The Conversion Agenda

"Freedom to convert" is counterproductive as a generalized doctrine. It fails to come to terms with the complex interrelationships between self and society that make the concept of individual choice meaningful. Hence, religious conversion undermines, and in extremes would dissolve, that individual autonomy and human freedom.

Tuesday, March 22, 2005

The Evangelical Challenge: A New Face of Western Imperialism

Yoginder Sikand

Some months ago I wrote an article on western Christian evangelical groups active in various Muslim countries, pointing out how many of them were actively working for promoting the strategic interests of Western governments, particularly the United States. I had been careful to buttress my arguments with ample quotations from Christian sources themselves so as not to appear to be making any unsubstantiated claims. I sent the article to several Muslim magazines, websites and Internet discussion groups, expecting it to raise some discussion of the issue in Muslim circles. To my surprise, while almost no Muslim readers got back to me about the article, I received several letters and emails from angry Christian evangelicals, almost all of them American and working among Muslim communities in South Asia, protesting that I had unfairly tarnished their image. Yes, they admitted, they did believe that the way to heaven was through Jesus alone. Without accepting him as ‘personal saviour’, they stressed, no one could hope to escape eternal damnation in hell. But, they protested, despite their firm faith in the exclusiveness of Christianity, they were engaged in doing ‘good’ for the Muslims they were working among. They were supplying them free education, and medical help, they said. They were running scores of economic development project to help ‘uplift’ the poor, they argued. Hence, they insisted, I had presented a completely one-sided picture of Christian evangelism among Muslims, ignoring the many ‘positive’ contributions that the missionaries were apparently making.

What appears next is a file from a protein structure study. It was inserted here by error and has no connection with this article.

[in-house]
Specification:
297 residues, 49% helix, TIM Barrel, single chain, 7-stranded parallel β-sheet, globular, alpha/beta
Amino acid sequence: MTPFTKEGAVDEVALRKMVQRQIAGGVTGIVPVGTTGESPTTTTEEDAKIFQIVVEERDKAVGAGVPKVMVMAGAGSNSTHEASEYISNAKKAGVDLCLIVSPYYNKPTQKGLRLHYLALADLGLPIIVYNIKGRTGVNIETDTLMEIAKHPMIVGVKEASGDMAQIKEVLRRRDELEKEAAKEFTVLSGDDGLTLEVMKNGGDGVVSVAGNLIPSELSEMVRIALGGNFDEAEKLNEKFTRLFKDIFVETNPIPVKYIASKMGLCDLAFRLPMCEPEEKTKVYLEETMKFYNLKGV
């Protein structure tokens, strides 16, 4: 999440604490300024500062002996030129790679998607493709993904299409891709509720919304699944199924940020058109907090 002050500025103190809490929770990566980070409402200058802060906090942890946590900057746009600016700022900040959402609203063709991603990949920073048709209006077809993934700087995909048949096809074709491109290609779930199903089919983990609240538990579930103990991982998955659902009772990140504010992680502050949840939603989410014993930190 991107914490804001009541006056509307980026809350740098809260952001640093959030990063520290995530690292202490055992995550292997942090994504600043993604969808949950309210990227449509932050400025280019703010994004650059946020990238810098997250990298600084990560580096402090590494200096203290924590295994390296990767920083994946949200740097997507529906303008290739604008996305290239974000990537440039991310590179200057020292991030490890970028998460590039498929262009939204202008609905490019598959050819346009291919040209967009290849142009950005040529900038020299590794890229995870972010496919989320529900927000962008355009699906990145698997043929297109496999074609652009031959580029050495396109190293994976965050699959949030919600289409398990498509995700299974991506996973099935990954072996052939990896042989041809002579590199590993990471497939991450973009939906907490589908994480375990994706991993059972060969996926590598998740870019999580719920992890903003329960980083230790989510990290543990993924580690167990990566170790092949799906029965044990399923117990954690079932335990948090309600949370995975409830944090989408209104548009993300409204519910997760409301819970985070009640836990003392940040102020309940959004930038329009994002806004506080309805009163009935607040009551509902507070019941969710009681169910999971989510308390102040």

The angry response from evangelical Christians to my article prompted me to delve further into the history and broader agenda of European and American Christian missionaries working among non-Christian, particularly Muslim, peoples. A random search on the Internet revealed to me the existence of a vast, well-organised network of institutions I never knew existed, devoted specifically to missionary work among Muslims. These include academic institutes, publishing houses, radio and television stations, medical missions, centres for training missionaries and so on, all seemingly generously funded and, for the most part, located in western Europe and the United States. As they described themselves and their mission, they all seemed to be fired by a passionate belief in Christianity as the only road to salvation, and Islam, as well as other faiths, as paths to perdition in hell. Some of them described Islam as nothing less than a Satanic invention.

As many critics, including several Christians themselves, have pointed out, the fiery zeal that drives white Christian evangelicals to swarm to the ‘Third World’, including Muslim countries, in a desperate bid to save ‘lost’ souls reflects the continuing hold of the nineteenth century European imperialist discourse that saw ‘natives’ as beyond the pale of civilization. Today, when Christianity is almost dead in the West, how does one explain the rush of American and European evangelicals to the ‘Third World’? Quite obviously this has little or nothing to do with mere pious intentions, for the decline of religion is far from apparent in the West than in the rest of the world, making it more of an urgent imperative for missionaries to work in the West than elsewhere. Thus, one has to turn to other factors to explain this seeming paradox. From a close examination of the agenda of evangelical groups in the ‘Third World’ it appears that, as a whole, Christian fundamentalism in our part of the world is no simple religious mission. As is widely believed, many evangelical groups working in the ‘Third World’ are simply fronts for Western agencies and governments, helping to promote their vested interests and strategic goals. This is most readily apparent from the cozy relationship between Christian fundamentalists and the current Bush administration. Right-wing American Christian groups are known to be sources of immense financial support to Israel. They are also vociferous backers of America’s imperialist designs on the Muslim world, seeing these as a divinely mandated crusade against the forces of ‘evil’.

My own discomfort about western Christian evangelicals were further confirmed when, recently, I came across a fascinating book titled ‘Mission, Myth and Money in a Multicoloured World’, authored by a certain Jules Gomes. Gomes is apparently a leading Indian Christian scholar, a member of the teaching faculty at one of the largest Protestant seminaries in India, the United Theological College at Bangalore. Author of several books, he is presently a research scholar at the University of Cambridge. In this insightful book Gomes describes in detail the dark and little-known world of Western evangelicals who see themselves as entrusted with the burdensome task of bringing the ‘light’ of Christianity to the ‘benighted’ non-white world.